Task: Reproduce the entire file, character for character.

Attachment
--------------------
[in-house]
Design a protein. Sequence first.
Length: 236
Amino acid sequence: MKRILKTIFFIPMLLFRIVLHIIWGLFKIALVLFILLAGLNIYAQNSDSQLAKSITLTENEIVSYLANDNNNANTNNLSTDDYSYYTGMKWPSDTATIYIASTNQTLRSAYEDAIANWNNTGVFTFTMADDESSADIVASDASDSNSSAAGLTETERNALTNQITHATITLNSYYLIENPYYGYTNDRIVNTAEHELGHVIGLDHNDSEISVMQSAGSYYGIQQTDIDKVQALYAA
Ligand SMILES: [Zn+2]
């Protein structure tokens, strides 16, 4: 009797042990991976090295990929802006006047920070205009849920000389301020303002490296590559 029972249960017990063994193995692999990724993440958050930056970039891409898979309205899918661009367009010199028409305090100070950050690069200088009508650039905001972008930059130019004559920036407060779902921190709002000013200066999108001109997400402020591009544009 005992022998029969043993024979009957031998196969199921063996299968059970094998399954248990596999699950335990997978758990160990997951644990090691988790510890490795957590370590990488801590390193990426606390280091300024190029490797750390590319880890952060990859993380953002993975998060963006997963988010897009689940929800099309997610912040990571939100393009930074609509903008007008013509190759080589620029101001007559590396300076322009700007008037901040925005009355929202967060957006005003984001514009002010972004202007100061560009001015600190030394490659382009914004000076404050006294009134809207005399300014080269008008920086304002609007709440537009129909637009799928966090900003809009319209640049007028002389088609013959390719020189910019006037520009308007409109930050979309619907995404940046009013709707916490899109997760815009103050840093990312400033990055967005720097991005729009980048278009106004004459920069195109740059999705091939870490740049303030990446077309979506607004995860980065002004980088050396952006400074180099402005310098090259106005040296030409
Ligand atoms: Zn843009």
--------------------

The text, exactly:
[in-house]
Design a protein. Sequence first.
Length: 236
Amino acid sequence: MKRILKTIFFIPMLLFRIVLHIIWGLFKIALVLFILLAGLNIYAQNSDSQLAKSITLTENEIVSYLANDNNNANTNNLSTDDYSYYTGMKWPSDTATIYIASTNQTLRSAYEDAIANWNNTGVFTFTMADDESSADIVASDASDSNSSAAGLTETERNALTNQITHATITLNSYYLIENPYYGYTNDRIVNTAEHELGHVIGLDHNDSEISVMQSAGSYYGIQQTDIDKVQALYAA
Ligand SMILES: [Zn+2]
């Protein structure tokens, strides 16, 4: 009797042990991976090295990929802006006047920070205009849920000389301020303002490296590559 029972249960017990063994193995692999990724993440958050930056970039891409898979309205899918661009367009010199028409305090100070950050690069200088009508650039905001972008930059130019004559920036407060779902921190709002000013200066999108001109997400402020591009544009 005992022998029969043993024979009957031998196969199921063996299968059970094998399954248990596999699950335990997978758990160990997951644990090691988790510890490795957590370590990488801590390193990426606390280091300024190029490797750390590319880890952060990859993380953002993975998060963006997963988010897009689940929800099309997610912040990571939100393009930074609509903008007008013509190759080589620029101001007559590396300076322009700007008037901040925005009355929202967060957006005003984001514009002010972004202007100061560009001015600190030394490659382009914004000076404050006294009134809207005399300014080269008008920086304002609007709440537009129909637009799928966090900003809009319209640049007028002389088609013959390719020189910019006037520009308007409109930050979309619907995404940046009013709707916490899109997760815009103050840093990312400033990055967005720097991005729009980048278009106004004459920069195109740059999705091939870490740049303030990446077309979506607004995860980065002004980088050396952006400074180099402005310098090259106005040296030409
Ligand atoms: Zn843009």